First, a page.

5. Canonicalization: Having several URLs for a single page of web content often creates discrepancies in search engines, as the engine isn’t sure of which URL to display. According to Matt Cutts, head of Google’s Webspam team, “Canonicalization is the process of picking the best URL when there are several choices, and it usually refers to home pages.”
  6. CMS: Content management systems (CMS) provide the tools and applications necessary to create, edit, and publish web-based text and other multimedia options. Some popular management systems include WordPress, Drupal, and Joomla.
  7. Link Equity: Link equity reflects the authority of both external and internal links forming a connection between your website and other places on the web, and spreading that authority effectively throughout the site. Some factors determining the equity of these links include page authority, domain authority, and page rank.
  8. Link Juice: Coined by Greg Boser, link juice refers to power passed to your site via external or internal links. Keep in mind that this power alludes to quality over quantity.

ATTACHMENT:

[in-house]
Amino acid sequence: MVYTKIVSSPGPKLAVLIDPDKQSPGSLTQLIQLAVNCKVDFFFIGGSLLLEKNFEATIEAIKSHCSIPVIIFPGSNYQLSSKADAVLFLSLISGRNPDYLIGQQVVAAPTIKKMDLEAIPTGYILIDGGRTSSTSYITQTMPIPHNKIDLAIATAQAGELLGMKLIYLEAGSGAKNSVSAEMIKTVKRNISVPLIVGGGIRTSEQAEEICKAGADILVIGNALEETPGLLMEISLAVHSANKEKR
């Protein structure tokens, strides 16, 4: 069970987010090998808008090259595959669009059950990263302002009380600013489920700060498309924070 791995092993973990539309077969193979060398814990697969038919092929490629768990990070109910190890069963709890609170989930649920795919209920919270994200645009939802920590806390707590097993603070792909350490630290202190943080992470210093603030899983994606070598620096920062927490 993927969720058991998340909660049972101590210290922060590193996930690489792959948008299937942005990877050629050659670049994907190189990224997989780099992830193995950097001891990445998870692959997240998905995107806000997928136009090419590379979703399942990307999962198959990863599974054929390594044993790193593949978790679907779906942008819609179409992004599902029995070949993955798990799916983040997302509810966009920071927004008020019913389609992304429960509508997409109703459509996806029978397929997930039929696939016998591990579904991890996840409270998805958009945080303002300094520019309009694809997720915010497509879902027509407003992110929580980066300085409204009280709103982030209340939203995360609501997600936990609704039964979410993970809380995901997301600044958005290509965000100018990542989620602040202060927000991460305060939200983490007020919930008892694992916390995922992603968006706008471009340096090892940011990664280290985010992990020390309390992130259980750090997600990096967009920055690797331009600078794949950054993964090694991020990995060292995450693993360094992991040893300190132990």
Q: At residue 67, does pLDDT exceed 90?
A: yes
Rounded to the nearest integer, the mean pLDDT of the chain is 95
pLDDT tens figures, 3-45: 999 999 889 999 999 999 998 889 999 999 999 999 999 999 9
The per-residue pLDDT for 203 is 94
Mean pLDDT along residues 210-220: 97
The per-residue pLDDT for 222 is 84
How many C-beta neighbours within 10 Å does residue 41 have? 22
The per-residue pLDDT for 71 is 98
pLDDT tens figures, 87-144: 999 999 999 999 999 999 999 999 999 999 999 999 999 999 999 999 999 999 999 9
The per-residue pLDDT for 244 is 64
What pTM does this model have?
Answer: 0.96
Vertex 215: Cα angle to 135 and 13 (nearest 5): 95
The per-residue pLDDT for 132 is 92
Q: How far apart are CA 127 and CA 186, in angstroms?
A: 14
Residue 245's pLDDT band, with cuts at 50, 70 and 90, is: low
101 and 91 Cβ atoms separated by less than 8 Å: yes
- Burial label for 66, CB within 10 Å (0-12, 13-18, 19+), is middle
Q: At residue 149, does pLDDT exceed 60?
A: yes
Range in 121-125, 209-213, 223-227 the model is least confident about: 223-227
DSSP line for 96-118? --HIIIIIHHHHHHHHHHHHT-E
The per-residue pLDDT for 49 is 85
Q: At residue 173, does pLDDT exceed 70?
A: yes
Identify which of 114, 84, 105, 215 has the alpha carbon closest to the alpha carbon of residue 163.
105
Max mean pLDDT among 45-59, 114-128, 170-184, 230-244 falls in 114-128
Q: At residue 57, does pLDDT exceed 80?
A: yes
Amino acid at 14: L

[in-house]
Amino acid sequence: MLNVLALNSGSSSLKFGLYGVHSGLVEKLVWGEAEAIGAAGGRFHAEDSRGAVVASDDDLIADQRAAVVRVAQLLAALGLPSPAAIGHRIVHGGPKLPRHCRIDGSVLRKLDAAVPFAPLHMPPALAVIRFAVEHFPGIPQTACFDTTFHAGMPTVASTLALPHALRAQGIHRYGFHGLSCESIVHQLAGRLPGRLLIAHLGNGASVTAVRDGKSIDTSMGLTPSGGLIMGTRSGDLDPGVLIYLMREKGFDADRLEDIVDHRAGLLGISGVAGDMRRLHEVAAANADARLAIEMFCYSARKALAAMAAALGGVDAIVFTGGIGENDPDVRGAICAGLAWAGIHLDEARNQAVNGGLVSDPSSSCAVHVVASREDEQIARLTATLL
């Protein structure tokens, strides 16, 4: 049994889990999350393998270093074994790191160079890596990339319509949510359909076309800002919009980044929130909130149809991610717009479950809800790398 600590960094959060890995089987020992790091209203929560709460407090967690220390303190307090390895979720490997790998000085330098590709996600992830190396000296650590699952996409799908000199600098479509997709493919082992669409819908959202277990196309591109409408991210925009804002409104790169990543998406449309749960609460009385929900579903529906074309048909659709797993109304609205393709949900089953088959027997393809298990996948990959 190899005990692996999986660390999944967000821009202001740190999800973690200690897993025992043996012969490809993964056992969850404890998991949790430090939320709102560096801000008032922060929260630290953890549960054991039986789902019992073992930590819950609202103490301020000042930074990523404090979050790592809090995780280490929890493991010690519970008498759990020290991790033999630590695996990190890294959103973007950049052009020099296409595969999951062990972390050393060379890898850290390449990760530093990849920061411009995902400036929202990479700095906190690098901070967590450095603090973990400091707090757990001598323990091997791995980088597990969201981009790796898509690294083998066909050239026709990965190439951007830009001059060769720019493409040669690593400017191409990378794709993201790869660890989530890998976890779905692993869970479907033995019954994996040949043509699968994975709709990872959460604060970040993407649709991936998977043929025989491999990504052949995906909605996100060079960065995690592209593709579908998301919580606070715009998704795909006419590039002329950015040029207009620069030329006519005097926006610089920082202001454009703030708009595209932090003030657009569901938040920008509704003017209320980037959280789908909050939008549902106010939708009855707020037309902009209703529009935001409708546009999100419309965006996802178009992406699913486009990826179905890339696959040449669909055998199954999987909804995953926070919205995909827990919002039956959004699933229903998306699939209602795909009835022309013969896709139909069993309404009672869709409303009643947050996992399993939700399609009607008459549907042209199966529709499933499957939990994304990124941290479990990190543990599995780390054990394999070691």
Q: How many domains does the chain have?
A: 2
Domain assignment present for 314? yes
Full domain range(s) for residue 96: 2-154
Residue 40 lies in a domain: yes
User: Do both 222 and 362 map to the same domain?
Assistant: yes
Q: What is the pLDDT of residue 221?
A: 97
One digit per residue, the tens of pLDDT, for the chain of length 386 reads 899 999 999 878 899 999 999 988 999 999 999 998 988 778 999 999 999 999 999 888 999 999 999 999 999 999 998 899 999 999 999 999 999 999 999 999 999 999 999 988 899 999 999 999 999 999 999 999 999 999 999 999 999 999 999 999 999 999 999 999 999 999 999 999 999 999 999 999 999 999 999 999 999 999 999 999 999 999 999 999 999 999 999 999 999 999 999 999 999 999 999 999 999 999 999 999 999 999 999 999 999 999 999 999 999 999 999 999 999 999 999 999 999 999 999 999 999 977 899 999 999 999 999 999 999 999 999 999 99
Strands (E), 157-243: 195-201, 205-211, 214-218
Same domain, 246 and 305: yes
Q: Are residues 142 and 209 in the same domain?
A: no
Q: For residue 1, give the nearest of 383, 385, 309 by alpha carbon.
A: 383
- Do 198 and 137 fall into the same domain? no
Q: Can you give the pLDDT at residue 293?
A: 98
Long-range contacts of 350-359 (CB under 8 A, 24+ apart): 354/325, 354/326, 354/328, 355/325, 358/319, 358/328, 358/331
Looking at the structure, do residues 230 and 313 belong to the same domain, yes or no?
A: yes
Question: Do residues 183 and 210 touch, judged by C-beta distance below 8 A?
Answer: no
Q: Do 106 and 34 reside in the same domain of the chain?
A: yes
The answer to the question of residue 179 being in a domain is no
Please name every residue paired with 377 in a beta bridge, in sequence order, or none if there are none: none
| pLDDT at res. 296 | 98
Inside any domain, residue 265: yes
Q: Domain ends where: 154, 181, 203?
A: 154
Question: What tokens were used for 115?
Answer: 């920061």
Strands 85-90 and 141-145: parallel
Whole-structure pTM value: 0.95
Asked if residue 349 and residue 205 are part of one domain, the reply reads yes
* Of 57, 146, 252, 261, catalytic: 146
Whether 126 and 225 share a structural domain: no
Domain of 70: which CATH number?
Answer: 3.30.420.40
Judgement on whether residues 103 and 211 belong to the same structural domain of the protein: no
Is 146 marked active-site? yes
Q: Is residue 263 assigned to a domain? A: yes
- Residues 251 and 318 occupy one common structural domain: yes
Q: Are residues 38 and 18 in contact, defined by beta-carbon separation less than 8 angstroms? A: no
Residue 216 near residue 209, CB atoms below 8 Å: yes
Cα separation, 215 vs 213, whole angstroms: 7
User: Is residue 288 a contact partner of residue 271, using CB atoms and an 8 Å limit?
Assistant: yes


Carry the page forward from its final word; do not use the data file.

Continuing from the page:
9. Link Rot: When linked pages are removed or reorganized, their corresponding links may lead to “Error 404″ or “Not Found” pages. Also known as “link death,” link rot lessens your site’s stance through diminished link equity.
  10. Citation: In addition to links, your site’s visibility relies upon online references to your business’s name, address, and phone number (NAP). For citations to be effective, you must be certain the NAP information on your website perfectly matches the format of the published NAP on external web pages.
  11. Session: In short, a session is defined as the interactions users make when visiting your website, typically within a given time frame. A session begins when a user arrives at your website, and the session ends at the default time limit or when the user leaves.
  12. H1 Tag: The H1 tags in your posts and pages are important indicators that communicate the content on a page to search engines. A H1 tag acts as the main headline for a page. The H1 tags also assures users they are on the appropriate page, and positive user experience stands as an essential factor of website visibility.
  13. Title Tag: Because title tags define the title of a document in an accurate and concise manner, search engines place high importance on this information when determining the content of your site and its search ranking. The title tag also appears as the text in browser tabs, headline for search engine result listings, and some social media websites.
  14. Meta Description Tag: Meta description tags include snippets of text that provide a concise explanation of a web page’s content. Search engines use meta descriptions on search engine result listings as the description for the page, and therefore, webmasters can use their meta tags as a way to advertise the content on a page and gain higher click-throughs.